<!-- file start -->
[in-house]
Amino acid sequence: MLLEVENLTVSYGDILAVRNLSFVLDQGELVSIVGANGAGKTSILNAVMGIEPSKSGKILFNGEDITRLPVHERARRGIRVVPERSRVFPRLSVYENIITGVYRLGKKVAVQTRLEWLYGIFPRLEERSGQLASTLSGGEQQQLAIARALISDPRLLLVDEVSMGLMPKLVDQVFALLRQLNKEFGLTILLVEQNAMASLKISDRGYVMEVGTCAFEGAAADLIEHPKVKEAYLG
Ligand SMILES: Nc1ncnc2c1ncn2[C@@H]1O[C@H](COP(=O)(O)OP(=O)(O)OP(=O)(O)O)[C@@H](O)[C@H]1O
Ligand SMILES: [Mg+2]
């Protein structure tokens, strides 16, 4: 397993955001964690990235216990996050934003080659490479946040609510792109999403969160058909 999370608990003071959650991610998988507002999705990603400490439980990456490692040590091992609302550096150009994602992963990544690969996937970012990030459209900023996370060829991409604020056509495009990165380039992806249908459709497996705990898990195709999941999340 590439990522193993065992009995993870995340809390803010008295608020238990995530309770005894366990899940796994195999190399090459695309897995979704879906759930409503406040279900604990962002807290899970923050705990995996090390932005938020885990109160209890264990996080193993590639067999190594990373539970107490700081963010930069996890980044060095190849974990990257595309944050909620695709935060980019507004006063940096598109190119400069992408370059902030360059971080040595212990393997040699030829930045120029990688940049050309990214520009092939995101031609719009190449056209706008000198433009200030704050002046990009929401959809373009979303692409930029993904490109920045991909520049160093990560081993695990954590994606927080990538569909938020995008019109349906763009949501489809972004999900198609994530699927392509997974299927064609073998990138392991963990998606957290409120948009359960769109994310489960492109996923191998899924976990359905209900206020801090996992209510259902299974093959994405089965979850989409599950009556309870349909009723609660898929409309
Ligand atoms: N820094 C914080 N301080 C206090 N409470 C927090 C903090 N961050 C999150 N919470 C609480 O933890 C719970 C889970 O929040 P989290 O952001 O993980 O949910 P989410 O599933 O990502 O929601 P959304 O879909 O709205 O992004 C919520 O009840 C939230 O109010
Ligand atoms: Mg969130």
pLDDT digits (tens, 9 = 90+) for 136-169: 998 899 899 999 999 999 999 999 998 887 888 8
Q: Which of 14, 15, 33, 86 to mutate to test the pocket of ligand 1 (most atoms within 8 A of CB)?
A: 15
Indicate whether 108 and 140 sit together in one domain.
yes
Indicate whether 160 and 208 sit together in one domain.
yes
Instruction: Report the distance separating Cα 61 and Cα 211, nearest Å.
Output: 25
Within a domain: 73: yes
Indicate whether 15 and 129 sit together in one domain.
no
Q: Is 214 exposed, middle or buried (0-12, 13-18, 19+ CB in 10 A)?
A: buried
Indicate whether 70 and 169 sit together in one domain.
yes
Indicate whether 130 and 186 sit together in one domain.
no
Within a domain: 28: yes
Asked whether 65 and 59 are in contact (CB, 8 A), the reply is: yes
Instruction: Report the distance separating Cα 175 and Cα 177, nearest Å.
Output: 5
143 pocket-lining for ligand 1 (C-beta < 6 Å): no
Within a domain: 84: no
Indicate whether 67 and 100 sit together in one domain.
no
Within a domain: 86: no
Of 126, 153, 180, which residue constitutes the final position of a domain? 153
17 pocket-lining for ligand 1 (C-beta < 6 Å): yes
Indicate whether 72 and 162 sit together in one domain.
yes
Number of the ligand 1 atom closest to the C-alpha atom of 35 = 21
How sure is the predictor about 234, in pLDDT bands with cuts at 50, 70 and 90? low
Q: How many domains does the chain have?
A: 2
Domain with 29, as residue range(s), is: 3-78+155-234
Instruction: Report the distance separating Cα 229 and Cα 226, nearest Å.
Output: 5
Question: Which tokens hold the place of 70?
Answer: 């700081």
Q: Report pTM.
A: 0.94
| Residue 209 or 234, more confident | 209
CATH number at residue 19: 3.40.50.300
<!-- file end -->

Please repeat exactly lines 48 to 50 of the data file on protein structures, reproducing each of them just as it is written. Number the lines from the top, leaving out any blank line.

Q: Report pTM.
A: 0.94
| Residue 209 or 234, more confident | 209